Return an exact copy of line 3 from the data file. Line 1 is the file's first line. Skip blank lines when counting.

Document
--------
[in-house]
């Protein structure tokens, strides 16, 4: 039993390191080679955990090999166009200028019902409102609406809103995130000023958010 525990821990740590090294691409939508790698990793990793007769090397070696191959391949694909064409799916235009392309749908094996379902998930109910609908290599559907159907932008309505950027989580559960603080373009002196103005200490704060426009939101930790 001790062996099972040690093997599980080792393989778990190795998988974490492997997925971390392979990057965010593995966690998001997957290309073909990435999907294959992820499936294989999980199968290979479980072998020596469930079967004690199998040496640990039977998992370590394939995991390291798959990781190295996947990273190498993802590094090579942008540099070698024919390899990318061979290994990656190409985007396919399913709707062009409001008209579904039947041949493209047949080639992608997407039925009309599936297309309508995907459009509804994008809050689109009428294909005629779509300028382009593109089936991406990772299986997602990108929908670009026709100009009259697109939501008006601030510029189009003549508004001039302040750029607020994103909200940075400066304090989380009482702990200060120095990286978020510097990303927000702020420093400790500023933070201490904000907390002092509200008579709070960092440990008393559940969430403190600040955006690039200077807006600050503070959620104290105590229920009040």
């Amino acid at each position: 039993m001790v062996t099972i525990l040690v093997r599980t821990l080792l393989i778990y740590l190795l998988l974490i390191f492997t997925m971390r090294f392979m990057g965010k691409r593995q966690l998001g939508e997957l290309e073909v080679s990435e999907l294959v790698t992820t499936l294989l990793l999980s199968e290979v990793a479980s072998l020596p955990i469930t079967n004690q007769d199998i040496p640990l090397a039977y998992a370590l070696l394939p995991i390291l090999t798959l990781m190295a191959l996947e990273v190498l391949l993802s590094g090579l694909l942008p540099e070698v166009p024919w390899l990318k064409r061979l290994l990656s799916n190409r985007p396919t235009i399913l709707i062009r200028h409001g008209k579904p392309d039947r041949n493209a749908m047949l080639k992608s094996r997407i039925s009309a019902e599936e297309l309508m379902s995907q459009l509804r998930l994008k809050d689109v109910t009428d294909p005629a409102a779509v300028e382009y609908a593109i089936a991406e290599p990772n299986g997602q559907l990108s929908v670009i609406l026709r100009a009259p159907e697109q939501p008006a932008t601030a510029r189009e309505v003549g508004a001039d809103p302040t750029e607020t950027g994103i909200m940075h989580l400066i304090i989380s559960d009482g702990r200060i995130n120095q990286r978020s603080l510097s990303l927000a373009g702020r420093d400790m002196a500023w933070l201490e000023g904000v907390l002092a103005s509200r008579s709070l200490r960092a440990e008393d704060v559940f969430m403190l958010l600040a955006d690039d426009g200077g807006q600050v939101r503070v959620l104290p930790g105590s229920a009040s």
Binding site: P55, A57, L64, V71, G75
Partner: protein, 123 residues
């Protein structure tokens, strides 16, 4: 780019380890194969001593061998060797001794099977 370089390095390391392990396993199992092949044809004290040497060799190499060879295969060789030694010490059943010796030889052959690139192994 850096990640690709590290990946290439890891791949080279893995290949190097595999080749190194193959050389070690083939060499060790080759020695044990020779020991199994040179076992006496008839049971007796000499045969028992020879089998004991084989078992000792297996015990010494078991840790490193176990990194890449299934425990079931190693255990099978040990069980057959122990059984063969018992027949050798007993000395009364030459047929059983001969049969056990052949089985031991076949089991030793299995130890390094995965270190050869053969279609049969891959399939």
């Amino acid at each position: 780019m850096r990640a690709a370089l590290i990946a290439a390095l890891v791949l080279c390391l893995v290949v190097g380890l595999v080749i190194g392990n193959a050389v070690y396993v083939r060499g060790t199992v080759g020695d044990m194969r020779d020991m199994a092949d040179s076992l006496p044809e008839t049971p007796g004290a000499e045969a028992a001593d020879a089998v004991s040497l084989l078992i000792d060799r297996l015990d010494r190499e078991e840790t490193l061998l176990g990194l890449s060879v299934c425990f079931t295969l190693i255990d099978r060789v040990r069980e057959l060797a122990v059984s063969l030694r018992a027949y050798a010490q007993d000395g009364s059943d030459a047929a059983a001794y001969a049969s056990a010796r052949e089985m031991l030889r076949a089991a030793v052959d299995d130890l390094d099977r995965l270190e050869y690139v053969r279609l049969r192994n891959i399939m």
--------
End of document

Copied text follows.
């Amino acid at each position: 039993m001790v062996t099972i525990l040690v093997r599980t821990l080792l393989i778990y740590l190795l998988l974490i390191f492997t997925m971390r090294f392979m990057g965010k691409r593995q966690l998001g939508e997957l290309e073909v080679s990435e999907l294959v790698t992820t499936l294989l990793l999980s199968e290979v990793a479980s072998l020596p955990i469930t079967n004690q007769d199998i040496p640990l090397a039977y998992a370590l070696l394939p995991i390291l090999t798959l990781m190295a191959l996947e990273v190498l391949l993802s590094g090579l694909l942008p540099e070698v166009p024919w390899l990318k064409r061979l290994l990656s799916n190409r985007p396919t235009i399913l709707i062009r200028h409001g008209k579904p392309d039947r041949n493209a749908m047949l080639k992608s094996r997407i039925s009309a019902e599936e297309l309508m379902s995907q459009l509804r998930l994008k809050d689109v109910t009428d294909p005629a409102a779509v300028e382009y609908a593109i089936a991406e290599p990772n299986g997602q559907l990108s929908v670009i609406l026709r100009a009259p159907e697109q939501p008006a932008t601030a510029r189009e309505v003549g508004a001039d809103p302040t750029e607020t950027g994103i909200m940075h989580l400066i304090i989380s559960d009482g702990r200060i995130n120095q990286r978020s603080l510097s990303l927000a373009g702020r420093d400790m002196a500023w933070l201490e000023g904000v907390l002092a103005s509200r008579s709070l200490r960092a440990e008393d704060v559940f969430m403190l958010l600040a955006d690039d426009g200077g807006q600050v939101r503070v959620l104290p930790g105590s229920a009040s």